The Irish economy has changed greatly in the last Forty years. An educated workforce and Urbanisation of our towns and cities has seen an industry shift. There are a number of important factors that allowed this to happen so quickly. Ireland’s membership of alliances such as the E.U. and the O.E.C.D and the directives that were incurred as a result of these memberships.
More recently in the Nineties the economy had enjoyed a period of prosperity which was generally accredited to the provision of subsidies to knowledge based industries such as I.T., Financial Sectors and Research & Development. This coupled with a desirable location and a new highly educated workforce. As stated in the department of finances report in 2011 the economy experienced imbalances due to bad auditing systems in the banking and building sectors.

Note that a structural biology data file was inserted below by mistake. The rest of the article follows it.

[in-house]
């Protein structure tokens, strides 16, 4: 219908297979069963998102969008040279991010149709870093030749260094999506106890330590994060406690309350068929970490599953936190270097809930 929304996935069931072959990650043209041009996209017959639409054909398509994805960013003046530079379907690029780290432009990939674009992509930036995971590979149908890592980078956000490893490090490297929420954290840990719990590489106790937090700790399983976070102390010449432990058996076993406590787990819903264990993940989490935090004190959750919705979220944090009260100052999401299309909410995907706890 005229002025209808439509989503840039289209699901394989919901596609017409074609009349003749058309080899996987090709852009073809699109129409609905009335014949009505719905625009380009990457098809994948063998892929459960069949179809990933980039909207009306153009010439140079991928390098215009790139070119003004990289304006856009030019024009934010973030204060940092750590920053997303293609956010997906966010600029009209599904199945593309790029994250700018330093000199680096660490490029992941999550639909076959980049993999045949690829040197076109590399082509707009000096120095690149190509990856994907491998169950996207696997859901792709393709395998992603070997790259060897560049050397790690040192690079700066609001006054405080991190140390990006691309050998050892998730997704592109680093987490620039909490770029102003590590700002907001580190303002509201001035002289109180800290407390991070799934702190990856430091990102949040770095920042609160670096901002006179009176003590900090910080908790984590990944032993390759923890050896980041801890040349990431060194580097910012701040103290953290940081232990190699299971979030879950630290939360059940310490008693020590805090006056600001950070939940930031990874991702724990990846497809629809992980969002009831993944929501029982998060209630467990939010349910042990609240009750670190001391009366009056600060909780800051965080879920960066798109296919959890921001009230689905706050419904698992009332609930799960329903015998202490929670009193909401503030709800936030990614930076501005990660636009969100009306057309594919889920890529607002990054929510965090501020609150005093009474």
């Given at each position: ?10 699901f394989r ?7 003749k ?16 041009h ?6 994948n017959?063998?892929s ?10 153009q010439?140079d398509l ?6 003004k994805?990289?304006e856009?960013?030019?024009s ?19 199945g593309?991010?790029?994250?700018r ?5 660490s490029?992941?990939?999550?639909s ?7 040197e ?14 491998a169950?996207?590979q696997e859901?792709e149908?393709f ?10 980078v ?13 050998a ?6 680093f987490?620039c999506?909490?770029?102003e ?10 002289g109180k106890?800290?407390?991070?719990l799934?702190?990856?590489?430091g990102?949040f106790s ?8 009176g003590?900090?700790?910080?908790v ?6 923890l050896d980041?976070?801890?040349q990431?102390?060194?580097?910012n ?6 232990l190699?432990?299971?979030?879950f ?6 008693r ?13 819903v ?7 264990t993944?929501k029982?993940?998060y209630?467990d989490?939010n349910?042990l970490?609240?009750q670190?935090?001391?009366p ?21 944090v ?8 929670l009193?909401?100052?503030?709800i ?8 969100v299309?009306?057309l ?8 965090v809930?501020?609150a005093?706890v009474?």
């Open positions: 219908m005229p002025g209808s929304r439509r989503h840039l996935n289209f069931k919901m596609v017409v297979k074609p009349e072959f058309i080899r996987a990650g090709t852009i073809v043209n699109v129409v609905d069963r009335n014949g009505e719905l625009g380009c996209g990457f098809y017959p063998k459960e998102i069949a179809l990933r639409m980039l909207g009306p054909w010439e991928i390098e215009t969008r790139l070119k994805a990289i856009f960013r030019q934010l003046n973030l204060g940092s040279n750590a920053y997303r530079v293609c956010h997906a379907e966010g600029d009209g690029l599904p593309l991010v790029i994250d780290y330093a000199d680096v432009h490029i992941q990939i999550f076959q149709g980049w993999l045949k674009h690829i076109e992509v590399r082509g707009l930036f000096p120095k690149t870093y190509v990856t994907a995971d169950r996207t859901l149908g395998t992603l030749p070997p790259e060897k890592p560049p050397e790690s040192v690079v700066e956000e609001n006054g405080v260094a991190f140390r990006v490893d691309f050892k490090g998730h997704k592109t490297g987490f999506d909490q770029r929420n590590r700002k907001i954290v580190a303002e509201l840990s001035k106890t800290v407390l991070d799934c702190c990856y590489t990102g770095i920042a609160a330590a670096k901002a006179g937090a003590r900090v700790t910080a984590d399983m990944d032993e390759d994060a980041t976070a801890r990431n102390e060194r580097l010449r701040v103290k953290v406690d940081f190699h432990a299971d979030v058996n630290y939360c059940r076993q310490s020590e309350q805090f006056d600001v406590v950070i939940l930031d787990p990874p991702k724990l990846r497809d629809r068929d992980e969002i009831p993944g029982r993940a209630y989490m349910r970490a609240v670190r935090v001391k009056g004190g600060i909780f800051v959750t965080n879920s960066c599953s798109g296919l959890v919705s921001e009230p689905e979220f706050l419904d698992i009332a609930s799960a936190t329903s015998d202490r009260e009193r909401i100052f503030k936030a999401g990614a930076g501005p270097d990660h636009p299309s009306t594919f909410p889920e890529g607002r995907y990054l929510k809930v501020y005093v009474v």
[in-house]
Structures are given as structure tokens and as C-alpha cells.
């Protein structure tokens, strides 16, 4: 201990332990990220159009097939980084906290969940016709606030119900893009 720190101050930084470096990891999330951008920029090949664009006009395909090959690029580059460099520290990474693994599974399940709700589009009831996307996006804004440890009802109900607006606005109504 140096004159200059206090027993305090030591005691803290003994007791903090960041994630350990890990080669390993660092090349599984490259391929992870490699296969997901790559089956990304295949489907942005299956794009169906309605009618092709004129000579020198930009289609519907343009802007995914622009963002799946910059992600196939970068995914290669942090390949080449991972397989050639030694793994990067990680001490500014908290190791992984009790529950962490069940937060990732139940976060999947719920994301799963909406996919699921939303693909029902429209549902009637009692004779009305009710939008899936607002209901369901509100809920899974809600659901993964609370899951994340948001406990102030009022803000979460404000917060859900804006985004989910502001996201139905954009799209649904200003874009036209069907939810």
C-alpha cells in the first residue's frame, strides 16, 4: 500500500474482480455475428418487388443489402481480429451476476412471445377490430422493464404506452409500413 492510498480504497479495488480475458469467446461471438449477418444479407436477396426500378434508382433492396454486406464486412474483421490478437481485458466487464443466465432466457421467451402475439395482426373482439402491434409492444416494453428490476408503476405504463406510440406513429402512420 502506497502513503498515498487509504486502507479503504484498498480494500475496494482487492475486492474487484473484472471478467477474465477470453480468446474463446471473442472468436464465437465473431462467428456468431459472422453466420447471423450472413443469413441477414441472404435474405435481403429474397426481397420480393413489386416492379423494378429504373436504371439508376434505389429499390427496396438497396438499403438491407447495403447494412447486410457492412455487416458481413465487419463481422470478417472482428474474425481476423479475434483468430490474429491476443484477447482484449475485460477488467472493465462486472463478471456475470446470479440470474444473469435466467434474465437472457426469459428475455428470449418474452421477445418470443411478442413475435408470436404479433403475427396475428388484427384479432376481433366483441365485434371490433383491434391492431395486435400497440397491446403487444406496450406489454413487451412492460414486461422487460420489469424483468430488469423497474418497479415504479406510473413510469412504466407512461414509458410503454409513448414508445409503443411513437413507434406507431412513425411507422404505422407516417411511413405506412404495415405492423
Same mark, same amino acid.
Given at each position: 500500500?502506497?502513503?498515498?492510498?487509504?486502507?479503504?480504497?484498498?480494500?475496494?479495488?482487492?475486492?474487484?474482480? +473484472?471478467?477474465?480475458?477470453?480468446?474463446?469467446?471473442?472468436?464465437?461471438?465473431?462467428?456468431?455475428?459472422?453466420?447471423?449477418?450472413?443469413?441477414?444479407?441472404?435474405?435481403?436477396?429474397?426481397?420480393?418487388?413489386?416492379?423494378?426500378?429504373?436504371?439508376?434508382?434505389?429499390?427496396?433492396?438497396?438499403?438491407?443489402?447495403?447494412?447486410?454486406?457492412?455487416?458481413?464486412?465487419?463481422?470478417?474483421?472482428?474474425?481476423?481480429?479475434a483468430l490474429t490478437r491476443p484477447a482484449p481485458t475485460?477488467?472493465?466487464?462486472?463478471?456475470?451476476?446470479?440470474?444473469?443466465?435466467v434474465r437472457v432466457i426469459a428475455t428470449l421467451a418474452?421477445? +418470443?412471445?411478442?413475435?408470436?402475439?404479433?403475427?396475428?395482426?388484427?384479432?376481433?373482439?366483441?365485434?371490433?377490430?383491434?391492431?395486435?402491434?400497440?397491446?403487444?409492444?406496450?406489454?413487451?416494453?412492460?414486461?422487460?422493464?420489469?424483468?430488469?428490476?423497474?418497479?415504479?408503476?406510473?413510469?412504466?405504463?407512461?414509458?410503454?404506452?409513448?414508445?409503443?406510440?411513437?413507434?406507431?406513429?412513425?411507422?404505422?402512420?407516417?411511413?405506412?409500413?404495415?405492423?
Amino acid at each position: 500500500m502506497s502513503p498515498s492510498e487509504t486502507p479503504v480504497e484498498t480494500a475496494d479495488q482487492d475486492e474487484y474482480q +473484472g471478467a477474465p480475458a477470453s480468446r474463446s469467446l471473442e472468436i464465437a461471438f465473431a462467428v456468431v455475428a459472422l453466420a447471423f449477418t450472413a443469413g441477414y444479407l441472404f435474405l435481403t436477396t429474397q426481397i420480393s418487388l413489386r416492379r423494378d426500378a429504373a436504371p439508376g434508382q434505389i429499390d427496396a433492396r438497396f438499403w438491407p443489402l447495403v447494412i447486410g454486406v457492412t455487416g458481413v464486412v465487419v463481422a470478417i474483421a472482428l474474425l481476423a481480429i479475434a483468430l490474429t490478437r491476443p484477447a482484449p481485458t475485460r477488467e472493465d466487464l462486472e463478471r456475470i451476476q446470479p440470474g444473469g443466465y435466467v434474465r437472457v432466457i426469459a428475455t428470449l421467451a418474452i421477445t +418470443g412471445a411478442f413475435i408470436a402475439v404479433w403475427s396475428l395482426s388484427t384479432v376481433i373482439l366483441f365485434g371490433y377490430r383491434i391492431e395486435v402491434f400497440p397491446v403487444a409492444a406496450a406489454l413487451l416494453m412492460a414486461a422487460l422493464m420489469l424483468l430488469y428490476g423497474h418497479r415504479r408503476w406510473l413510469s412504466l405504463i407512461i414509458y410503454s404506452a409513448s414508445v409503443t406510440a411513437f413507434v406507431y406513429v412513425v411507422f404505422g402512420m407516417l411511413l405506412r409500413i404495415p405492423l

“The Irish economy was transformed over the past two decades. Per capita income rose strongly, converging towards and subsequently overtaking European average levels. However, from the early part of the last decade, imbalances began to emerge which made the economy increasingly vulnerable. A major property bubble began to unwind from 2007, and the fall-out from this was exacerbated by the major deterioration in the external environment. As a result, GDP has fallen by around 15% from its peak in Q4 2007.”(Dept of finance, Mar 2011)
The nature of jobs is a concept based on a number of variables integral to that employment. The government have become aware of resources the Irish workforce and economy possess that allow it to sustain growth here. The Irish government have now decided to champion Indigenous companies and knowledge based companies as part of their argument of how the nature of jobs will dictate the
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